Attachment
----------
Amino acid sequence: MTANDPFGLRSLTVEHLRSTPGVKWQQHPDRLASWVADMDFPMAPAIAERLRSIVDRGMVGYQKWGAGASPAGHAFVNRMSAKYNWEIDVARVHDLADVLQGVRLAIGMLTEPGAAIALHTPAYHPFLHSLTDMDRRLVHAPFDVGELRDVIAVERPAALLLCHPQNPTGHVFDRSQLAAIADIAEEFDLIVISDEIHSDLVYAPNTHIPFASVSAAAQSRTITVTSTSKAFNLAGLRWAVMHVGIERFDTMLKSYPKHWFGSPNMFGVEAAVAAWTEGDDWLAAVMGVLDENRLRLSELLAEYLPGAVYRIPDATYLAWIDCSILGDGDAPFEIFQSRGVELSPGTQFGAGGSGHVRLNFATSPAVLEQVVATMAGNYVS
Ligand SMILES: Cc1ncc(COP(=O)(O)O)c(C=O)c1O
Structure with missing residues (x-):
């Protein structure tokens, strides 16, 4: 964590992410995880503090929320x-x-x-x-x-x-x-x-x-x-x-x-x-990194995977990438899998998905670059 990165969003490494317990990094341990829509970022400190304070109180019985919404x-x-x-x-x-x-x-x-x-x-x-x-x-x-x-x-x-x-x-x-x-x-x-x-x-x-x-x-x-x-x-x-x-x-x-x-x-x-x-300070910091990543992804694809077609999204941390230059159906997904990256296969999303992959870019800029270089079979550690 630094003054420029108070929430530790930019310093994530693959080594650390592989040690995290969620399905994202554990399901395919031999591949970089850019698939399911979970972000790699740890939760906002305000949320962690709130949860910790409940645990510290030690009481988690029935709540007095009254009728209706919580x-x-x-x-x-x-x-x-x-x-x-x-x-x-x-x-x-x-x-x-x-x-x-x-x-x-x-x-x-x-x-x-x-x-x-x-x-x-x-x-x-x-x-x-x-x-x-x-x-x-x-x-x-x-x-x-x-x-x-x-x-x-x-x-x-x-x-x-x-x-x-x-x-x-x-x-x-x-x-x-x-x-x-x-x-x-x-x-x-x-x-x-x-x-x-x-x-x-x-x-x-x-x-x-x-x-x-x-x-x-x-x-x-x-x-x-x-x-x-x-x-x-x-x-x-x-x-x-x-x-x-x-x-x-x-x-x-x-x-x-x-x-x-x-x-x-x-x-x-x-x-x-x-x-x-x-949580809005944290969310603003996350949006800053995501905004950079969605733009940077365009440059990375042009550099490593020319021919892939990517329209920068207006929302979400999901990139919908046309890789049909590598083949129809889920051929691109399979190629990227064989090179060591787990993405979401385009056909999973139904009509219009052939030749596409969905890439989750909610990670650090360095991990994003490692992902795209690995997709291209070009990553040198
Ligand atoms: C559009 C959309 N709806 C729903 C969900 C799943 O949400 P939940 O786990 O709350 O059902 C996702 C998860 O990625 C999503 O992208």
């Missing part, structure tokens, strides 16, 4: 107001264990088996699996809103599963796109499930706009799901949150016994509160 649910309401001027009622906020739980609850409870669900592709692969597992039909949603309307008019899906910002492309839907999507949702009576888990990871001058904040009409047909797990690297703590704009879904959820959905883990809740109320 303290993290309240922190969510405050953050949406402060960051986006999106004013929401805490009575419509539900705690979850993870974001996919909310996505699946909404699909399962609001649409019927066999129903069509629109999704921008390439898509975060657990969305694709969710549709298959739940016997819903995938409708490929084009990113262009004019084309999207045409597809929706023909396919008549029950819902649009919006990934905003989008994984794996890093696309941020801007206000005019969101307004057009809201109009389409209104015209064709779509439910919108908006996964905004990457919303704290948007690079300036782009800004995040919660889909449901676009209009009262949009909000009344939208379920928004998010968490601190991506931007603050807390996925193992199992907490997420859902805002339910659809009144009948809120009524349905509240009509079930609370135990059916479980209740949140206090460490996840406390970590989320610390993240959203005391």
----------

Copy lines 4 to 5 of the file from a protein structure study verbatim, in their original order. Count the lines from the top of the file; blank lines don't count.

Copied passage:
């Protein structure tokens, strides 16, 4: 964590992410995880503090929320x-x-x-x-x-x-x-x-x-x-x-x-x-990194995977990438899998998905670059 990165969003490494317990990094341990829509970022400190304070109180019985919404x-x-x-x-x-x-x-x-x-x-x-x-x-x-x-x-x-x-x-x-x-x-x-x-x-x-x-x-x-x-x-x-x-x-x-x-x-x-x-300070910091990543992804694809077609999204941390230059159906997904990256296969999303992959870019800029270089079979550690 630094003054420029108070929430530790930019310093994530693959080594650390592989040690995290969620399905994202554990399901395919031999591949970089850019698939399911979970972000790699740890939760906002305000949320962690709130949860910790409940645990510290030690009481988690029935709540007095009254009728209706919580x-x-x-x-x-x-x-x-x-x-x-x-x-x-x-x-x-x-x-x-x-x-x-x-x-x-x-x-x-x-x-x-x-x-x-x-x-x-x-x-x-x-x-x-x-x-x-x-x-x-x-x-x-x-x-x-x-x-x-x-x-x-x-x-x-x-x-x-x-x-x-x-x-x-x-x-x-x-x-x-x-x-x-x-x-x-x-x-x-x-x-x-x-x-x-x-x-x-x-x-x-x-x-x-x-x-x-x-x-x-x-x-x-x-x-x-x-x-x-x-x-x-x-x-x-x-x-x-x-x-x-x-x-x-x-x-x-x-x-x-x-x-x-x-x-x-x-x-x-x-x-x-x-x-x-x-949580809005944290969310603003996350949006800053995501905004950079969605733009940077365009440059990375042009550099490593020319021919892939990517329209920068207006929302979400999901990139919908046309890789049909590598083949129809889920051929691109399979190629990227064989090179060591787990993405979401385009056909999973139904009509219009052939030749596409969905890439989750909610990670650090360095991990994003490692992902795209690995997709291209070009990553040198
Ligand atoms: C559009 C959309 N709806 C729903 C969900 C799943 O949400 P939940 O786990 O709350 O059902 C996702 C998860 O990625 C999503 O992208």